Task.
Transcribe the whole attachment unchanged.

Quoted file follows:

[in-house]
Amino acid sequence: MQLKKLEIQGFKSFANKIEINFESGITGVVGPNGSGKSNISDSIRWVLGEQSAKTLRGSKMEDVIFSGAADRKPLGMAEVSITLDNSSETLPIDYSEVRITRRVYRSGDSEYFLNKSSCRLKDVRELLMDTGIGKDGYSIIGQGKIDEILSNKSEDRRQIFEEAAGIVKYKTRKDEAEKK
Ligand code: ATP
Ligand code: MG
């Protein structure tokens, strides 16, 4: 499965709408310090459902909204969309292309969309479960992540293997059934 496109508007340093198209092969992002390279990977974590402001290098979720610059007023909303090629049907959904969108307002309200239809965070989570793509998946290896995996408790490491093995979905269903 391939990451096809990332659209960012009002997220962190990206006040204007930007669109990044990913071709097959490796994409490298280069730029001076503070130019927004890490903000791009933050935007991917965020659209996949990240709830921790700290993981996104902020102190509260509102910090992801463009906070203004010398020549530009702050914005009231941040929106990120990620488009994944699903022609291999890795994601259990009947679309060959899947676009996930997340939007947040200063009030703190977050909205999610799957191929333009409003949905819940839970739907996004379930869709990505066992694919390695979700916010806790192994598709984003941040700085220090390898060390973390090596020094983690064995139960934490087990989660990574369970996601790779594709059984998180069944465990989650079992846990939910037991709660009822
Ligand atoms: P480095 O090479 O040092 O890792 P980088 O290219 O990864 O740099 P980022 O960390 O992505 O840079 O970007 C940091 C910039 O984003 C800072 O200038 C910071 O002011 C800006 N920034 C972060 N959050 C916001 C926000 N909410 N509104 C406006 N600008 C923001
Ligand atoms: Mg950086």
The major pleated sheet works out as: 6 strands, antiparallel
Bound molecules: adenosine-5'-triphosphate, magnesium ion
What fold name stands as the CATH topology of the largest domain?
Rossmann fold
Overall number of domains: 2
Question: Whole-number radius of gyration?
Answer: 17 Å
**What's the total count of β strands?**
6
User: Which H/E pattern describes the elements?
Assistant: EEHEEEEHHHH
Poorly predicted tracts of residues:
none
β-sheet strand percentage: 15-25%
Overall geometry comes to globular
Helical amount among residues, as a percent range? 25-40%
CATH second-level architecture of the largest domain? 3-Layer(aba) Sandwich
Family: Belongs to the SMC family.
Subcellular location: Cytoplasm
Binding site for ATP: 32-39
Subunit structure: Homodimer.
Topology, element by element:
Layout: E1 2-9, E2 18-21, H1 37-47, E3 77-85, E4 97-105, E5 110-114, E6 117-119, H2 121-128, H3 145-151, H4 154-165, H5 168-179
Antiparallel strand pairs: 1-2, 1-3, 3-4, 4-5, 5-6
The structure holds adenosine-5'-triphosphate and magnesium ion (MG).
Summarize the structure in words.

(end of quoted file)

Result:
[in-house]
Amino acid sequence: MQLKKLEIQGFKSFANKIEINFESGITGVVGPNGSGKSNISDSIRWVLGEQSAKTLRGSKMEDVIFSGAADRKPLGMAEVSITLDNSSETLPIDYSEVRITRRVYRSGDSEYFLNKSSCRLKDVRELLMDTGIGKDGYSIIGQGKIDEILSNKSEDRRQIFEEAAGIVKYKTRKDEAEKK
Ligand code: ATP
Ligand code: MG
């Protein structure tokens, strides 16, 4: 499965709408310090459902909204969309292309969309479960992540293997059934 496109508007340093198209092969992002390279990977974590402001290098979720610059007023909303090629049907959904969108307002309200239809965070989570793509998946290896995996408790490491093995979905269903 391939990451096809990332659209960012009002997220962190990206006040204007930007669109990044990913071709097959490796994409490298280069730029001076503070130019927004890490903000791009933050935007991917965020659209996949990240709830921790700290993981996104902020102190509260509102910090992801463009906070203004010398020549530009702050914005009231941040929106990120990620488009994944699903022609291999890795994601259990009947679309060959899947676009996930997340939007947040200063009030703190977050909205999610799957191929333009409003949905819940839970739907996004379930869709990505066992694919390695979700916010806790192994598709984003941040700085220090390898060390973390090596020094983690064995139960934490087990989660990574369970996601790779594709059984998180069944465990989650079992846990939910037991709660009822
Ligand atoms: P480095 O090479 O040092 O890792 P980088 O290219 O990864 O740099 P980022 O960390 O992505 O840079 O970007 C940091 C910039 O984003 C800072 O200038 C910071 O002011 C800006 N920034 C972060 N959050 C916001 C926000 N909410 N509104 C406006 N600008 C923001
Ligand atoms: Mg950086």
The major pleated sheet works out as: 6 strands, antiparallel
Bound molecules: adenosine-5'-triphosphate, magnesium ion
What fold name stands as the CATH topology of the largest domain?
Rossmann fold
Overall number of domains: 2
Question: Whole-number radius of gyration?
Answer: 17 Å
**What's the total count of β strands?**
6
User: Which H/E pattern describes the elements?
Assistant: EEHEEEEHHHH
Poorly predicted tracts of residues:
none
β-sheet strand percentage: 15-25%
Overall geometry comes to globular
Helical amount among residues, as a percent range? 25-40%
CATH second-level architecture of the largest domain? 3-Layer(aba) Sandwich
Family: Belongs to the SMC family.
Subcellular location: Cytoplasm
Binding site for ATP: 32-39
Subunit structure: Homodimer.
Topology, element by element:
Layout: E1 2-9, E2 18-21, H1 37-47, E3 77-85, E4 97-105, E5 110-114, E6 117-119, H2 121-128, H3 145-151, H4 154-165, H5 168-179
Antiparallel strand pairs: 1-2, 1-3, 3-4, 4-5, 5-6
The structure holds adenosine-5'-triphosphate and magnesium ion (MG).
Summarize the structure in words.